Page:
How effective is giving a combination of haloperidol and promethazine for calming people who are aggresssive due to psychosis?
Emergency psychiatric services are often required to help calm people who are aggressive because they are experiencing distressing psychoses. In such situations quick-acting medication is usually given. Haloperidol is an antipsychotic typically used to treat schizophrenia, and promethazine is a strong tranquilliser that can help to reduce nervous tension.
We searched the Cochrane Schizophrenia Group Trials Register on 6 May 2015 for randomised controlled trials that compared the use of haloperidol and promethazine with other drugs for the treatment of psychosis-induced aggression.
We found six trials that randomised 1367 participants to receive haloperidol plus promethazine or either haloperidol, midazolam, lorazepam, olanzapine, ziprasidone, or a combination of haloperidol plus midazolam.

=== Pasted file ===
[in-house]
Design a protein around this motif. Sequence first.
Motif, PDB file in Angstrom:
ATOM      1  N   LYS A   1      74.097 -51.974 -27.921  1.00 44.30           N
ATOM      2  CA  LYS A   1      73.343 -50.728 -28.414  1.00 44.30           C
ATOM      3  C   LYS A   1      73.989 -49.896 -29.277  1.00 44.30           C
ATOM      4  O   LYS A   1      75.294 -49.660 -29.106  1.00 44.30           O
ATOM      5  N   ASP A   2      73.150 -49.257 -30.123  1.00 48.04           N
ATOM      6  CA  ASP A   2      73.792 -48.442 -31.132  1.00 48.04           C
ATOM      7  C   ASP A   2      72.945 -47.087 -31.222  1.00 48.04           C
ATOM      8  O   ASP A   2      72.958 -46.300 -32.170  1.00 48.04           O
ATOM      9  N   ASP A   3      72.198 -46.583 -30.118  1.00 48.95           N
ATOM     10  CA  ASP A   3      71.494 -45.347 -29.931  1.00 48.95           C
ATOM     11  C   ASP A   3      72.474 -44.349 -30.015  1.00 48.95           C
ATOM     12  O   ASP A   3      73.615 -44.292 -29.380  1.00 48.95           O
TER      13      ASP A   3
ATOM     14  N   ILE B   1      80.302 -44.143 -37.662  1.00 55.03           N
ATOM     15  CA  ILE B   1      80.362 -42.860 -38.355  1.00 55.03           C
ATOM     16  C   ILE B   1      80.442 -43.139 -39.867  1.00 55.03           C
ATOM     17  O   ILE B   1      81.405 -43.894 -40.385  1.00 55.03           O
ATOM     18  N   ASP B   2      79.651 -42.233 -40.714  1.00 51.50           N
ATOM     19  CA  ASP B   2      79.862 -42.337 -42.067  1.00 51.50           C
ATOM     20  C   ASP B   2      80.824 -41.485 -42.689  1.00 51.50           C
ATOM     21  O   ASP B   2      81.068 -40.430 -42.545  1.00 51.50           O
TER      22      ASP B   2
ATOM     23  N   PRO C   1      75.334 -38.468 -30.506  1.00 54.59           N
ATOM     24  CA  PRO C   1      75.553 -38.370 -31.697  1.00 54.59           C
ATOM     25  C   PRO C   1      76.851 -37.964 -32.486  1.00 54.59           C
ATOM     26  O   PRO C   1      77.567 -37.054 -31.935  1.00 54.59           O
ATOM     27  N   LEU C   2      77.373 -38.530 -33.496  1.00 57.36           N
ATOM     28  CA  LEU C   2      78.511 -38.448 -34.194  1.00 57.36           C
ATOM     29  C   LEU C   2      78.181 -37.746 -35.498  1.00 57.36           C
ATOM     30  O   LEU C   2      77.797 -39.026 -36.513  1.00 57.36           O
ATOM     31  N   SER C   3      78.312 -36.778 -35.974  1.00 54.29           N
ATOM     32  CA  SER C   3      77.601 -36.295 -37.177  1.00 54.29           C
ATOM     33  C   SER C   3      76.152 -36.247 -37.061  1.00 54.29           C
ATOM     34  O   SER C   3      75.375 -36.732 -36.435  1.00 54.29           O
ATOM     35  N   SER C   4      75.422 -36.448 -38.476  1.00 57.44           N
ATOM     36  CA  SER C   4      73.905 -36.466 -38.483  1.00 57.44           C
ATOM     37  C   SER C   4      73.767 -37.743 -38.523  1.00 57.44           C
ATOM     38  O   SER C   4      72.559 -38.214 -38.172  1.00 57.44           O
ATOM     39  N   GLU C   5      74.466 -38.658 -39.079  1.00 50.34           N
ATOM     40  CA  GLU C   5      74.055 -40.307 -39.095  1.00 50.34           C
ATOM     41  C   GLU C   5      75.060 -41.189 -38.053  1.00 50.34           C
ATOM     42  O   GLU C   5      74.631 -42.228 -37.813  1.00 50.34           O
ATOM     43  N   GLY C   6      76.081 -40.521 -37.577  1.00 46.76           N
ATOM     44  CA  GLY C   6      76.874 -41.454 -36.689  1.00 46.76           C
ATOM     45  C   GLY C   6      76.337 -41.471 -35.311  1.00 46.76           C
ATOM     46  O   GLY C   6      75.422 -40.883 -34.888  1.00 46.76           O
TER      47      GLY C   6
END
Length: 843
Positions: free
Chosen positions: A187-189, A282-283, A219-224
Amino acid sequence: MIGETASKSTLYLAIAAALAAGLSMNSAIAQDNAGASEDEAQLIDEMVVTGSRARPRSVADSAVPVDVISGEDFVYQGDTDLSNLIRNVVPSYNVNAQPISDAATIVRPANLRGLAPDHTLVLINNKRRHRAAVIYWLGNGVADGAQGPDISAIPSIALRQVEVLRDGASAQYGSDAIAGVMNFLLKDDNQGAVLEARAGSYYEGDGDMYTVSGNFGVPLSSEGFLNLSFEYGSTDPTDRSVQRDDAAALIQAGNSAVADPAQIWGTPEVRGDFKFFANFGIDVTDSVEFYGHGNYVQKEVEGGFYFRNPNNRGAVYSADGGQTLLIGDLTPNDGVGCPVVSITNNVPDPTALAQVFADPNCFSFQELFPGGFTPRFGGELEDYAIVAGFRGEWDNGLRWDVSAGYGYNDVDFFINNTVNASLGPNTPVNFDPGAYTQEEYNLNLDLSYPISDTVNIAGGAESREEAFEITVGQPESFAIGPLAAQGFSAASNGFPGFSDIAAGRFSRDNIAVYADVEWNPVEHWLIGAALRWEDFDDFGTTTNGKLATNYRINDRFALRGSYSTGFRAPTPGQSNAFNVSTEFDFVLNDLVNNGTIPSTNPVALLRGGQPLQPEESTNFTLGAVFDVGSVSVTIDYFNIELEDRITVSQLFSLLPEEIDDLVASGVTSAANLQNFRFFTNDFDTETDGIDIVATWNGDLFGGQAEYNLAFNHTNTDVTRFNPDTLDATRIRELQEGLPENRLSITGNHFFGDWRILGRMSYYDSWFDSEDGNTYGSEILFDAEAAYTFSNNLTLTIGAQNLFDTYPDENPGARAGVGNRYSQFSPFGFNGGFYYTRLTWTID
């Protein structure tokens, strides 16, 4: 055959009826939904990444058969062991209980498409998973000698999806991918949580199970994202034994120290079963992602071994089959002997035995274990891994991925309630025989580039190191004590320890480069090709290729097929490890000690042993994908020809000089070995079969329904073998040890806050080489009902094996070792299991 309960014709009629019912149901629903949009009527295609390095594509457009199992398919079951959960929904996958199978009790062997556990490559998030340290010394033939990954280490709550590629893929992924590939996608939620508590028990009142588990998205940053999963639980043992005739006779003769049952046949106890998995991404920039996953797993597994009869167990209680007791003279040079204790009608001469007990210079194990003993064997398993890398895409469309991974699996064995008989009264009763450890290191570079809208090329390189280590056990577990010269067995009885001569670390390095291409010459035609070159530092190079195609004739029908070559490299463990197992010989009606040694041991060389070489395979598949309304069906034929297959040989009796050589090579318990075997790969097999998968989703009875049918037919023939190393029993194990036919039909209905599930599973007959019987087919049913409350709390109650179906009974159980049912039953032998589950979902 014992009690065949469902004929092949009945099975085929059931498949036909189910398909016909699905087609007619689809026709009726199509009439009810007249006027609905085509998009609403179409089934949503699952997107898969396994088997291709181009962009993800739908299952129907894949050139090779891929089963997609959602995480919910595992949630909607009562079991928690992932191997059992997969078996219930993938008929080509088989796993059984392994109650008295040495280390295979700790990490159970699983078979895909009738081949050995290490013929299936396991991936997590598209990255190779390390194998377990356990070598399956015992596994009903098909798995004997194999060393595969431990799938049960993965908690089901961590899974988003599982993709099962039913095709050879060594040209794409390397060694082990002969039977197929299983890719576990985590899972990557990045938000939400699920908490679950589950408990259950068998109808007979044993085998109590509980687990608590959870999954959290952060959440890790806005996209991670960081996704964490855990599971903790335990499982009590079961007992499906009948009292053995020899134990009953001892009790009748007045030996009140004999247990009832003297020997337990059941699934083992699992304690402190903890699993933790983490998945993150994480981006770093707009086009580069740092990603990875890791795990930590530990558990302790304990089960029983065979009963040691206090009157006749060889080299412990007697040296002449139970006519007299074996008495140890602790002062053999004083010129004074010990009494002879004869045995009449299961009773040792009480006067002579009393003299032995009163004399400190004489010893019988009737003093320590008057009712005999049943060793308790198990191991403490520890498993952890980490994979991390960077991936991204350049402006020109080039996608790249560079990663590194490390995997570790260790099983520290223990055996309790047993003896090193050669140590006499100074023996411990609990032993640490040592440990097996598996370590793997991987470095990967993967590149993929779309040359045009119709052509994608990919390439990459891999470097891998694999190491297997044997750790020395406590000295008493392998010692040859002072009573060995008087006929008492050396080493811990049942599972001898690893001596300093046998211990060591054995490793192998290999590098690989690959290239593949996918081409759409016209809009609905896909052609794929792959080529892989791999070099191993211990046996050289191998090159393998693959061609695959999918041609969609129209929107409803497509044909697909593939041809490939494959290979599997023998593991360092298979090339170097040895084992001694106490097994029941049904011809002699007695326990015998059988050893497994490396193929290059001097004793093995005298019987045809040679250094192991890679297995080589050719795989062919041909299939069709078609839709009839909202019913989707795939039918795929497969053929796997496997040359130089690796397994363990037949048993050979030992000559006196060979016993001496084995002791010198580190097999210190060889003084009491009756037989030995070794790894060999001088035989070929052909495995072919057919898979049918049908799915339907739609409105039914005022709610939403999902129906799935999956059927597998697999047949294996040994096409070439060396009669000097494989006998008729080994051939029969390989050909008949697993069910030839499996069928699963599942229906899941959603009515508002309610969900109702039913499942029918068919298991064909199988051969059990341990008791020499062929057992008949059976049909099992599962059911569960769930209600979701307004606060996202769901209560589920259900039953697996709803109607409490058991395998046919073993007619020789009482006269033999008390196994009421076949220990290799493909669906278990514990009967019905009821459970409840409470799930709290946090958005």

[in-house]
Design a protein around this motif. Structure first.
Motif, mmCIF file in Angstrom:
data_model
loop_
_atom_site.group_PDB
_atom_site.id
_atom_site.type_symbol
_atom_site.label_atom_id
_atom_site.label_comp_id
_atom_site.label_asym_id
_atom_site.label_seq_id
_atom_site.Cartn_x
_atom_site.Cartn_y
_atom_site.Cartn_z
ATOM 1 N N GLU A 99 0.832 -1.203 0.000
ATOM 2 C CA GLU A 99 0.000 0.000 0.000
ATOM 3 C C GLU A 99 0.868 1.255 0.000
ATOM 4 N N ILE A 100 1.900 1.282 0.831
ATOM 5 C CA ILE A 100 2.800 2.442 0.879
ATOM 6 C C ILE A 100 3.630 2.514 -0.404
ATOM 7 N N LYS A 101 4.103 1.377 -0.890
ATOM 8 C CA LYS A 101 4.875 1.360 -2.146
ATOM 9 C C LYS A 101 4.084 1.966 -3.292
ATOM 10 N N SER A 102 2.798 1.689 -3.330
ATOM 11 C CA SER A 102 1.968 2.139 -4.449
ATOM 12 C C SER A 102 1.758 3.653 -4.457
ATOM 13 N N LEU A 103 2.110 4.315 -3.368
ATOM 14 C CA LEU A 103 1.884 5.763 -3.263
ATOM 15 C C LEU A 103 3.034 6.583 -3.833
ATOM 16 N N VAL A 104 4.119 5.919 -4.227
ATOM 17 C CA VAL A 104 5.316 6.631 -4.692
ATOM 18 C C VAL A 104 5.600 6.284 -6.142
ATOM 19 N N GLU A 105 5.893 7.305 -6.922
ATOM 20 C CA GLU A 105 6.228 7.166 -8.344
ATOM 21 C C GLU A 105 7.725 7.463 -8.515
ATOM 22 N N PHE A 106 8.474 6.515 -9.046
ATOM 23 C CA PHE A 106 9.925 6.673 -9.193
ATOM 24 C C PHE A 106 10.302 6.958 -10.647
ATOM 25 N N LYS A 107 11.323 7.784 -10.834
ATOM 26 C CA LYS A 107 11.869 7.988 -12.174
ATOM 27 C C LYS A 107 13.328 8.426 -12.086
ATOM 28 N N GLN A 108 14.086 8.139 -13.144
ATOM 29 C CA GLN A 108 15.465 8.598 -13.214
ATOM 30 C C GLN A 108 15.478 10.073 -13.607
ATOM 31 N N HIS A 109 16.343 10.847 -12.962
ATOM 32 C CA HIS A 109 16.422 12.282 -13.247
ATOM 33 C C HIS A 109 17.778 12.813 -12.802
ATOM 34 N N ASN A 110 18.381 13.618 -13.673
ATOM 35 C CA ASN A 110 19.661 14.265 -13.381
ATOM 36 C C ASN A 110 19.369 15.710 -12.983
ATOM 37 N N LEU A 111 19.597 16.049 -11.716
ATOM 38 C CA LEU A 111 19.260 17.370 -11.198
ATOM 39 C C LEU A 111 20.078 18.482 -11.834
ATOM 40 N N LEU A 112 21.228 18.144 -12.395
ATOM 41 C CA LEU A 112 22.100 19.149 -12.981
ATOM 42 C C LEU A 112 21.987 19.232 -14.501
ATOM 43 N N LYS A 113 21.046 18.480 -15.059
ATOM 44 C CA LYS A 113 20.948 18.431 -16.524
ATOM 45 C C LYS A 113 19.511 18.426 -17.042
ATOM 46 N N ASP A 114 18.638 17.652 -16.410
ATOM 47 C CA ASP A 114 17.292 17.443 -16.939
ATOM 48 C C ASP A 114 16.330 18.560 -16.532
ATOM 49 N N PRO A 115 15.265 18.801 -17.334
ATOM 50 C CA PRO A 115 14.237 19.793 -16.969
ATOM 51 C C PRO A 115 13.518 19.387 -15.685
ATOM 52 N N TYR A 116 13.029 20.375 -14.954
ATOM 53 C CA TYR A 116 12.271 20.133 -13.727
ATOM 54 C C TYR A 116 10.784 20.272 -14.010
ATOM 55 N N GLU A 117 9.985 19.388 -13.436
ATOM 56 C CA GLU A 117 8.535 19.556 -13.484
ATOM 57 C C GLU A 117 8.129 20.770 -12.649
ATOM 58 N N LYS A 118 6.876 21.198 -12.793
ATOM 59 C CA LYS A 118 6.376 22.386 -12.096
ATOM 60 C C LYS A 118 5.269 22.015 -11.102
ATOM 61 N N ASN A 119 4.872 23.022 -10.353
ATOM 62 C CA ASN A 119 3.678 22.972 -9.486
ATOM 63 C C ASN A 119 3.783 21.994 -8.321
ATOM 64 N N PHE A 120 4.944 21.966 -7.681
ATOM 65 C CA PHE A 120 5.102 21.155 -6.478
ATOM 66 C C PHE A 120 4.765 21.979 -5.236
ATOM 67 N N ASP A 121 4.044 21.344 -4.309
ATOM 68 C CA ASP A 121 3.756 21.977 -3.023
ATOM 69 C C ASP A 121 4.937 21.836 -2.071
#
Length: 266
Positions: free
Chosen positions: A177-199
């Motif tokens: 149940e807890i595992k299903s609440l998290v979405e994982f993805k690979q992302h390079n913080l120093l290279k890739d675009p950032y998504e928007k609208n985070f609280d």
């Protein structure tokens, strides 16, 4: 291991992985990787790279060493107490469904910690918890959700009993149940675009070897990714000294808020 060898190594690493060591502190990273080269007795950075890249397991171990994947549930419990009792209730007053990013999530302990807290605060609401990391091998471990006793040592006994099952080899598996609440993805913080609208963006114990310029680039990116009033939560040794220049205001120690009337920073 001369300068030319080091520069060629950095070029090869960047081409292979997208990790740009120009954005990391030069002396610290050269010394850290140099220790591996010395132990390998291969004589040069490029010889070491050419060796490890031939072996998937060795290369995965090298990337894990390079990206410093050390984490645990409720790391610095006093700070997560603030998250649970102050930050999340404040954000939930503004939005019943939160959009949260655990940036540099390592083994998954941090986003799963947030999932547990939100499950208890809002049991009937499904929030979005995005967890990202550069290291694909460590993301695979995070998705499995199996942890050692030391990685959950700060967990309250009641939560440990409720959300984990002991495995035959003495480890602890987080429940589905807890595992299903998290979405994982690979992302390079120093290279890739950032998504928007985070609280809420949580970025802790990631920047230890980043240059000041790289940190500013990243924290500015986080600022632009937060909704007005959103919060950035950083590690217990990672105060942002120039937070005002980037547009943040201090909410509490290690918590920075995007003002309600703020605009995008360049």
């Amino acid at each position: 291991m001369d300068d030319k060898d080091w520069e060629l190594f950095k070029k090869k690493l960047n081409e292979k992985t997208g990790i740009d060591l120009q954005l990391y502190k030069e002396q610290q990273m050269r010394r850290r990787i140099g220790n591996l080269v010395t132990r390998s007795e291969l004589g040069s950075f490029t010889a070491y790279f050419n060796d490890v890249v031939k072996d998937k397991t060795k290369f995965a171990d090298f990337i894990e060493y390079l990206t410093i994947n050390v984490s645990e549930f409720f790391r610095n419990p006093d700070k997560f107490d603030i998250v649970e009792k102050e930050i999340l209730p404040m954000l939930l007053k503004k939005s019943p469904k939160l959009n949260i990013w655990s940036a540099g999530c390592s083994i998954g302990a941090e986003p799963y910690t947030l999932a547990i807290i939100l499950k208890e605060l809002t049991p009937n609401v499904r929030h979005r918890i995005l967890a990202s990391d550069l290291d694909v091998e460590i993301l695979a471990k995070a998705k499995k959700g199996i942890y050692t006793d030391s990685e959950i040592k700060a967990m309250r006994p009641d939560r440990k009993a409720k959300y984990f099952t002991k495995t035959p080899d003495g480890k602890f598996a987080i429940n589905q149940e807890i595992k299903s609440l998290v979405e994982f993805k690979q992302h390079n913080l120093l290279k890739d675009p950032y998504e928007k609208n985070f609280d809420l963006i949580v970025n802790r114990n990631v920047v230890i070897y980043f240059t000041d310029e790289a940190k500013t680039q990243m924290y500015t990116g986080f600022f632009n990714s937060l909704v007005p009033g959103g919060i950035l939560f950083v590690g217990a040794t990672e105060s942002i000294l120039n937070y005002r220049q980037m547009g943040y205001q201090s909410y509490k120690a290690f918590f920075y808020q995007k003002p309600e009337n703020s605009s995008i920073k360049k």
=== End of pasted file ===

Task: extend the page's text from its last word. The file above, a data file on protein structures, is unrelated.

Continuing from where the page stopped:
Haloperidol plus promethazine effectively manages aggressive behaviour swiftly and safely, and is more effective after 30 minutes than haloperidol on its own.
Midazolam has a sedative effect and reduces anxiety, and was shown to be more effective in offering swift sedation than haloperidol plus promethazine. However, the risk of serious side effects when taking midazolam (in particular breathing problems) should be noted.
Haloperidol plus midazolam had a greater sedative effect than haloperidol plus promethazine. Haloperidol and midazolam didn't make people feel excessively sleepy and reduced the need for restraints or seclusion.